Konstantina Rowald, PhD, MScFrom biomolecular research to influencing healthcare on a large scale.

Konstantina Rowald
Location: Erlangen, Germany
Key Strengths: Project management, hospital operational master planning, due diligence, pharmaceutical and diagnostic sector
Value Partner Since: 2019
Personal Interests: Travel, biking

Dr. Konstantina Rowald has a strong background as a research scientist. She changed careers to become a healthcare consultant because she wanted to help effect change on a large, broad scale.
At Siemens Healthineers Value Partners, she has that opportunity — helping large hospital systems and healthcare providers expand, boost patient experience, optimize their workflows, keep pace with the digitalization of healthcare, and plan for the future.
 

Why the switch from molecular oncology to healthcare consulting?

Konstantina Rowald spent the first six years of her professional career as a molecular biologist, receiving a Master of Science degree from Friedrich-Alexander University in Erlangen-Nuremburg, Germany and a PhD in Molecular Oncology and Tumor Genomics from Ruprecht-Karls University in Heidelberg.
Over time, she came to realize that while her scientific pursuits were driving her towards ever-greater specialization, she was more interested in making a difference on a broader scale. “I wanted to influence the healthcare market of the future,” she says. So, in 2016, she changed course and became a healthcare consultant, even managing her own firm for a time. In 2019, Konstantina joined Siemens Healthineers Value Partners for Healthcare Consulting.
“What I like about the biomedical field is the broadness of it and the influence it has on so many different topics. I was never the type to specialize too much,” she explains. “But still, I love the analytical side of science. I love the thinking process.”

What makes being at Siemens Healthineers Value Partners so special

What Konstantina appreciates about being a Siemens Healthineers Value Partner is the team’s hands-on approach. “When we’re asked to consult on a healthcare planning project, instead of just giving them a slideshow, we literally work with and talk to the people and interview them — everyone from doctors to nurses to the assistants that do the scheduling — to figure out how we can make a difference,” she says.
Konstantina also values the team spirit she has experienced working with her colleagues and peers at Siemens Healthineers. She has found her Value Partners coworkers to be collaborative and approachable. "It’s not like being on a work team, more like being with a group of friends.”

On the complexities of hospital planning

Konstantina has played a key role in hospital operational business planning, market research, and competitive landscape assessment. She notes that such healthcare projects are a moving target in many ways because of the myriad variables involved, and the continuous iterative evolution of the project’s goals and execution. “It’s super interesting but also super challenging – because you need to advise on a situation that's always in flux. Healthcare is undergoing a transformation influenced by rapid scientific progress and digitalization. You are working with clients daily on projects where the outcome is not a defined thing. And that helps you develop yourself too. I enjoy it a lot.”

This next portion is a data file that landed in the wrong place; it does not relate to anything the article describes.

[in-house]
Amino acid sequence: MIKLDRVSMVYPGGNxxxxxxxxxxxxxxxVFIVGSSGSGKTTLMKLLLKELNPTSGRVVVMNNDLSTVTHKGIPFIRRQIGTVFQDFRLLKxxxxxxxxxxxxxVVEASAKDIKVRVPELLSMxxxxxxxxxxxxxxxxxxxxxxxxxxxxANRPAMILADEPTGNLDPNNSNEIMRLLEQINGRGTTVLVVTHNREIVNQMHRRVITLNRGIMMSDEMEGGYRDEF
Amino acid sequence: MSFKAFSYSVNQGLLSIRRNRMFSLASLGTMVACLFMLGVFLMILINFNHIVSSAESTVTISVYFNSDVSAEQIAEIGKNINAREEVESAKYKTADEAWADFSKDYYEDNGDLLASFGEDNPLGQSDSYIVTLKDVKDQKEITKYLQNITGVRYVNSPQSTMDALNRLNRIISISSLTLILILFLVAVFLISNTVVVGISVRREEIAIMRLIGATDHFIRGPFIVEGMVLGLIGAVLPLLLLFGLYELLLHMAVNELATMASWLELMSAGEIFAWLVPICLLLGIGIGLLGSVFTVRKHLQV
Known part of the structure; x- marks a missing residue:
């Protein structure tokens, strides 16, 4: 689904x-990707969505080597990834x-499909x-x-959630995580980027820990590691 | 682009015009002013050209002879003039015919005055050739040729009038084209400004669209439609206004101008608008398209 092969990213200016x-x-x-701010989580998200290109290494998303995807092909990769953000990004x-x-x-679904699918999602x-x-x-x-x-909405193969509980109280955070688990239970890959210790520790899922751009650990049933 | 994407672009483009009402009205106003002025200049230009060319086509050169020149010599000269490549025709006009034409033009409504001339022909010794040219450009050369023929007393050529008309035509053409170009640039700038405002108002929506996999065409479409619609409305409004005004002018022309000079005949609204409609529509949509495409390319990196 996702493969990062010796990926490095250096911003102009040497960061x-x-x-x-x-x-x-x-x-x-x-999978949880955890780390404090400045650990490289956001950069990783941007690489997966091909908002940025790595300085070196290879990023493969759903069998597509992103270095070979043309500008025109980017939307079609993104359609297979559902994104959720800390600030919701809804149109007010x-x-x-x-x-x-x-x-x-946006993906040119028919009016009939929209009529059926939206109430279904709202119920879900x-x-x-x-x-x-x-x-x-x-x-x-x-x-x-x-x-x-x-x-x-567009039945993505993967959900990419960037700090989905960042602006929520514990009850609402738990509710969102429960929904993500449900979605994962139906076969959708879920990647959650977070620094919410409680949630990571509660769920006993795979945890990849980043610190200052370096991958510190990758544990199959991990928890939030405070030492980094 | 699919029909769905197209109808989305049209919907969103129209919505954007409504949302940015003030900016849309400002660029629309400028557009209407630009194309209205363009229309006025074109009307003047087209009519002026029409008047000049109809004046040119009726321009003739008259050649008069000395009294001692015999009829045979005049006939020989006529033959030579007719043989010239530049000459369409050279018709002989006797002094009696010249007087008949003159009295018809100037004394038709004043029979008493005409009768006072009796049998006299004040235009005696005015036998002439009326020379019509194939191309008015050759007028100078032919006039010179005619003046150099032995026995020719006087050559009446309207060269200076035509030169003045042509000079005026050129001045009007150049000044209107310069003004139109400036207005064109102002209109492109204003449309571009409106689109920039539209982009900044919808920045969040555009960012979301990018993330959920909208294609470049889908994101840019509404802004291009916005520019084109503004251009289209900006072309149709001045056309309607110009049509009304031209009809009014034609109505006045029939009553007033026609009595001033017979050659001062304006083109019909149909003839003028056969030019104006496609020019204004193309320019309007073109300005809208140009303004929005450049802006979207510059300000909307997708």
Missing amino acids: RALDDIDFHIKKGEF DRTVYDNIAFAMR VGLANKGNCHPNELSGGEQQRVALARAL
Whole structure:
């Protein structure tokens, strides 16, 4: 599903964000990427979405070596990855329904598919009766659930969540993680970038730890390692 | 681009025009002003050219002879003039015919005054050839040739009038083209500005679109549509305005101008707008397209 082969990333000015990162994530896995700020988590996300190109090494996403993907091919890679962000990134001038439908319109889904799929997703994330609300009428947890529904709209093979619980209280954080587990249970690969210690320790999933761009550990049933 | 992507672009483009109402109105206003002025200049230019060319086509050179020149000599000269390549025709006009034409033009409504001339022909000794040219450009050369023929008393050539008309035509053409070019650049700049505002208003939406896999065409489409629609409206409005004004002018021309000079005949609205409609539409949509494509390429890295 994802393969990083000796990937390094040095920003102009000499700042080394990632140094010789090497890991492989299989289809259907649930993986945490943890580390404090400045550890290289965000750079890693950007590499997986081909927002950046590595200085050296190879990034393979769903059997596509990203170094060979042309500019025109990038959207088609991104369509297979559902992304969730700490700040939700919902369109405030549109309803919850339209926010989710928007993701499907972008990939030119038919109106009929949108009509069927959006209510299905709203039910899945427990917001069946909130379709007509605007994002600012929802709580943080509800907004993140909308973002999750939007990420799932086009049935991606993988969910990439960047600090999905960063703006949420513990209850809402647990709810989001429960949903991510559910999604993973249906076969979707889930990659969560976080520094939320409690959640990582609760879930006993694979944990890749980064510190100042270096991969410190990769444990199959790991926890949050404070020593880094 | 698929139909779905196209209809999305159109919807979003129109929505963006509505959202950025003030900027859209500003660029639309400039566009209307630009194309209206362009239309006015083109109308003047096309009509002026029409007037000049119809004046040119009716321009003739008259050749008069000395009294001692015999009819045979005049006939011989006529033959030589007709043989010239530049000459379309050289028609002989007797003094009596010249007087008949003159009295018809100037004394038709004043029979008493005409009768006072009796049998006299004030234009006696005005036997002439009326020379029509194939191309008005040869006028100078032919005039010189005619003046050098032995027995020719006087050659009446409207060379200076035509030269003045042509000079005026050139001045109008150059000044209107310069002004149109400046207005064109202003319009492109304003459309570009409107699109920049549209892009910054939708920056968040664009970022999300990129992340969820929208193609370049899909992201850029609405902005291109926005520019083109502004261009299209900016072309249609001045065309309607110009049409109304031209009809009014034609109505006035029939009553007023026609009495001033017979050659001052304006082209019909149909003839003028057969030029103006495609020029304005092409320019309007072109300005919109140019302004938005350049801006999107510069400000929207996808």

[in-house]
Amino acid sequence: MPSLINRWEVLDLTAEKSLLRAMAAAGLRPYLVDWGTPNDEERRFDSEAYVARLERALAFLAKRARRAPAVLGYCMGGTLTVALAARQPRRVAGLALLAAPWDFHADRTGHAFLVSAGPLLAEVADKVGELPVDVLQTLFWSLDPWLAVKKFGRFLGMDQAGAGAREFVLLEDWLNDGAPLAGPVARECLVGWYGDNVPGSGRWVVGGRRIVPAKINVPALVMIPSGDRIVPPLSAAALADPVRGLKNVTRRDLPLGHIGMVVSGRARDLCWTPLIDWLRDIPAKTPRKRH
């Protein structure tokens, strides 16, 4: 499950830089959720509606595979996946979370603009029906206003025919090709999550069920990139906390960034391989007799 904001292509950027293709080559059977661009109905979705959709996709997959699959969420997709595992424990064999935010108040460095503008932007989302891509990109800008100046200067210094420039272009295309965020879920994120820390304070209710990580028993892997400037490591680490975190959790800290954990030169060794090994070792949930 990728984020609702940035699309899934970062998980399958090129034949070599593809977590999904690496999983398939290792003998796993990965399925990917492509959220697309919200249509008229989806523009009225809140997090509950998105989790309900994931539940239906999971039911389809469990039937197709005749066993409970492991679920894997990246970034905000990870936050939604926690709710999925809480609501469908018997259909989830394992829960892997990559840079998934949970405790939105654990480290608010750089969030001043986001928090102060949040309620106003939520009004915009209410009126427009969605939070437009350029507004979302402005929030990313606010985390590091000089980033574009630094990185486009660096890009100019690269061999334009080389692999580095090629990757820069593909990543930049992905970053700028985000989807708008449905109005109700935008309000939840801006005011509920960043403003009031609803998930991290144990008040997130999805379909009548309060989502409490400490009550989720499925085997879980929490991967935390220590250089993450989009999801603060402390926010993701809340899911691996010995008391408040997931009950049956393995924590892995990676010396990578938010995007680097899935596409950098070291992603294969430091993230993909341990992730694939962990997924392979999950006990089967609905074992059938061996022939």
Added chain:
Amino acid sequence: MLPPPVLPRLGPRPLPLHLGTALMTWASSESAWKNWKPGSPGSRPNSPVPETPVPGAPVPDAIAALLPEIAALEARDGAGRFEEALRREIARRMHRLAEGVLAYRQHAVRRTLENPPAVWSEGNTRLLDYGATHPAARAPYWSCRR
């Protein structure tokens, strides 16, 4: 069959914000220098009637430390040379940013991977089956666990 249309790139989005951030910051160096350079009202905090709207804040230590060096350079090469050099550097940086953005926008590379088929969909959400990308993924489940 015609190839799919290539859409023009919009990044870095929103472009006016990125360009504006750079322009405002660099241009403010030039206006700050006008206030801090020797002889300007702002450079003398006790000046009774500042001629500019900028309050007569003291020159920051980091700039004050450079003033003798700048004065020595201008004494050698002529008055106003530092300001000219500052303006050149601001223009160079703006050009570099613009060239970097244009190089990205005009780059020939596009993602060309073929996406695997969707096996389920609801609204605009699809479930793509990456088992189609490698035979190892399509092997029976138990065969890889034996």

Her natural curiosity extends to exploring the world

An avid traveler, Konstantina says, “I have friends all over the world, and there's nothing I like more than visiting them wherever they are at the moment — and by doing this, discovering the place.” In addition, she enjoys recreational bicycling. She sometimes combines these interests by touring new places on her bicycle.

Anticipating the future is a necessary part of the present

One of the biggest challenges in hospital planning, Konstantina believes, is making it “future proof.” “How do you design a hospital that could take three to five years to build, when you don't even know what the world will look like in five years?” she elaborates. She asserts that the combined diverse backgrounds and expertise of the Siemens Healthineers Value Partners consultants qualifies them to assist healthcare providers in anticipating future needs and planning accordingly.
As an example, Konstantina cites the value of her scientific background in preparing facilities for the future of medicine. While molecular biology may not seem relevant right now, molecular techniques such as mass spectrometry and next-generation sequencing may soon be commonplace in healthcare facilities.
She also sees similarities between consultancy and scientific exploration. “In the end, every strategic project is a bit of a scientific project, because you have to find a strategy that nobody has thought about yet – something that just might be possible.”

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